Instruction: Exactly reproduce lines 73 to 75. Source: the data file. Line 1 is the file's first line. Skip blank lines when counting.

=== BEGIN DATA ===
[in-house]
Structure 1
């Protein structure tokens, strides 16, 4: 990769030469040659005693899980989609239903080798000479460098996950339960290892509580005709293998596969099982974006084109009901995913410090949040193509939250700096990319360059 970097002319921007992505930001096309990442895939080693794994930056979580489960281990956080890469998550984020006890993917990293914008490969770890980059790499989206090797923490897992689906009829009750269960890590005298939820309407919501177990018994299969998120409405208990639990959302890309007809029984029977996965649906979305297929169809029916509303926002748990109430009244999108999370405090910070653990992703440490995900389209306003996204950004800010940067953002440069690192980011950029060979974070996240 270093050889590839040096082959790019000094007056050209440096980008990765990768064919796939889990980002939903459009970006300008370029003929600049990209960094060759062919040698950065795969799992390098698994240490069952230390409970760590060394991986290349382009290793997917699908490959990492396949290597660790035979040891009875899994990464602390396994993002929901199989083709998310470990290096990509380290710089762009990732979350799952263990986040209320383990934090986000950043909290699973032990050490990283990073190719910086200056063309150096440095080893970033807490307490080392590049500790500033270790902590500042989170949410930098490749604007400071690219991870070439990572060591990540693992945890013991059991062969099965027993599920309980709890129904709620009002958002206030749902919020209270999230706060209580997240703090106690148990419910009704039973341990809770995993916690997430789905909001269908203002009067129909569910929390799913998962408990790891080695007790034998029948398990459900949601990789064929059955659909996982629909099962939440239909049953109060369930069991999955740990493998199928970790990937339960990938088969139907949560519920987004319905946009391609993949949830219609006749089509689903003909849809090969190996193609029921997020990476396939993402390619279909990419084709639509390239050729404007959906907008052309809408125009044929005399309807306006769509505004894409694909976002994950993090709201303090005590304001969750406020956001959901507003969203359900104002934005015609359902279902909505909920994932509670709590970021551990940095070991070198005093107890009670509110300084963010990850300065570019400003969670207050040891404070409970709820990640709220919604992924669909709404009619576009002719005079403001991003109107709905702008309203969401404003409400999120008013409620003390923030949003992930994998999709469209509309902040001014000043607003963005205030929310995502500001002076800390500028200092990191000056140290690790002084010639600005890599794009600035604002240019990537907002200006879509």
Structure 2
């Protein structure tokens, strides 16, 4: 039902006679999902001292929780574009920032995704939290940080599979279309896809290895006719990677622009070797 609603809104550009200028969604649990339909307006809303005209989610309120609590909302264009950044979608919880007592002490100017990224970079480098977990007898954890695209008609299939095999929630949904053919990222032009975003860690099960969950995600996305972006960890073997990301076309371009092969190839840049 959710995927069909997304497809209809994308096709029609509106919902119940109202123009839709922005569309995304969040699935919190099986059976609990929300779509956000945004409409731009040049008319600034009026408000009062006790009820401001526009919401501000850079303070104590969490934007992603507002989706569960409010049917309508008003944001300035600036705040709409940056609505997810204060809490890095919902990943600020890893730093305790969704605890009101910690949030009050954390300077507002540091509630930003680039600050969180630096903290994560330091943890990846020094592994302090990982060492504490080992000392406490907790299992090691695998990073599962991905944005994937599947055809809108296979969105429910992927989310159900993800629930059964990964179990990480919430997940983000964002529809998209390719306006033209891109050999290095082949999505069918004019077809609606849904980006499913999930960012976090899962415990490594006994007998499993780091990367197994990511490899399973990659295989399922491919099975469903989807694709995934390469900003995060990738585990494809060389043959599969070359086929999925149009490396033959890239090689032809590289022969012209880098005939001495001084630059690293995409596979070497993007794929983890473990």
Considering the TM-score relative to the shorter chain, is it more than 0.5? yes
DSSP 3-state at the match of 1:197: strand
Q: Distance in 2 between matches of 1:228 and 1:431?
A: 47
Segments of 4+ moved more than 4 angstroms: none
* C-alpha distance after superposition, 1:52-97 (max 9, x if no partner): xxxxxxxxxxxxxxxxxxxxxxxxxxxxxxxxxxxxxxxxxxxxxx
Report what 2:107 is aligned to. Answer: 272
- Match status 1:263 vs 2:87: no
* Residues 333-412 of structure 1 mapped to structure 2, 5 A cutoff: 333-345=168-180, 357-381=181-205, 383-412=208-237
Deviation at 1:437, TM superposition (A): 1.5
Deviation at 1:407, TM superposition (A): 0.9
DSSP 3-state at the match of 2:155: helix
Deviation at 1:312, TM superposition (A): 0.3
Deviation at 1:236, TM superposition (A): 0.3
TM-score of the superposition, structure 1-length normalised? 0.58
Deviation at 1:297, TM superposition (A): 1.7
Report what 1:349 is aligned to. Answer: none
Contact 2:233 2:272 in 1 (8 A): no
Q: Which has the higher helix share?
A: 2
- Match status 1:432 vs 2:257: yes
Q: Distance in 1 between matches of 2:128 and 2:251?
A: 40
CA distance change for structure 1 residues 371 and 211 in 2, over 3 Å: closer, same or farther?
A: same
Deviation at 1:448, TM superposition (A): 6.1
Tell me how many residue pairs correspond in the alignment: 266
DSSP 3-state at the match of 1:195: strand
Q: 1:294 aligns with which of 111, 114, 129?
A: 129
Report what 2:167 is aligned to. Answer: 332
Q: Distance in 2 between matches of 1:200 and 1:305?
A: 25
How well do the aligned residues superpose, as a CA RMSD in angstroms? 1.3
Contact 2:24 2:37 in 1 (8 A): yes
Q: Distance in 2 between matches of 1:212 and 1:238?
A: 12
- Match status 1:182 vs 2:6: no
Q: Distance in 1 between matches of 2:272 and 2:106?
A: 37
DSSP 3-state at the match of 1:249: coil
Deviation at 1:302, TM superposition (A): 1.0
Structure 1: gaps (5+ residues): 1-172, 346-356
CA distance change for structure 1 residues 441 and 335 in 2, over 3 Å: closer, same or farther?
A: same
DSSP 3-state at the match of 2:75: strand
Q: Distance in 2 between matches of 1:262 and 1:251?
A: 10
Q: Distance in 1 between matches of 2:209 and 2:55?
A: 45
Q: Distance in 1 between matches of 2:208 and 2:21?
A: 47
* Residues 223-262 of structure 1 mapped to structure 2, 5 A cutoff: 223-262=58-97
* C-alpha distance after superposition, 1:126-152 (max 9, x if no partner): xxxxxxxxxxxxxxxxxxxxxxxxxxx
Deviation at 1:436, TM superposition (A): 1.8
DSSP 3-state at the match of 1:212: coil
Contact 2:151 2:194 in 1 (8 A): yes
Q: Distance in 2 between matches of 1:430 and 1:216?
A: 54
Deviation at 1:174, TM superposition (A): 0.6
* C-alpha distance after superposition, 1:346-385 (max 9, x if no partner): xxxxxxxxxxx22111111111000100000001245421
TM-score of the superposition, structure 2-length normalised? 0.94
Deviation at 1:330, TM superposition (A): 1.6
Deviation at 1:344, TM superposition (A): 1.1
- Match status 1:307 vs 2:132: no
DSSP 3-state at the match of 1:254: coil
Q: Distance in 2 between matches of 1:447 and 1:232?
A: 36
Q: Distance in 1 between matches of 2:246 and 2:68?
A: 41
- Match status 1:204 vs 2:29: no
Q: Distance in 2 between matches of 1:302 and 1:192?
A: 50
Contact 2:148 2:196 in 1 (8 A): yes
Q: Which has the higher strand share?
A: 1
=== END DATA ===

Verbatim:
A: 36
Q: Distance in 1 between matches of 2:246 and 2:68?
A: 41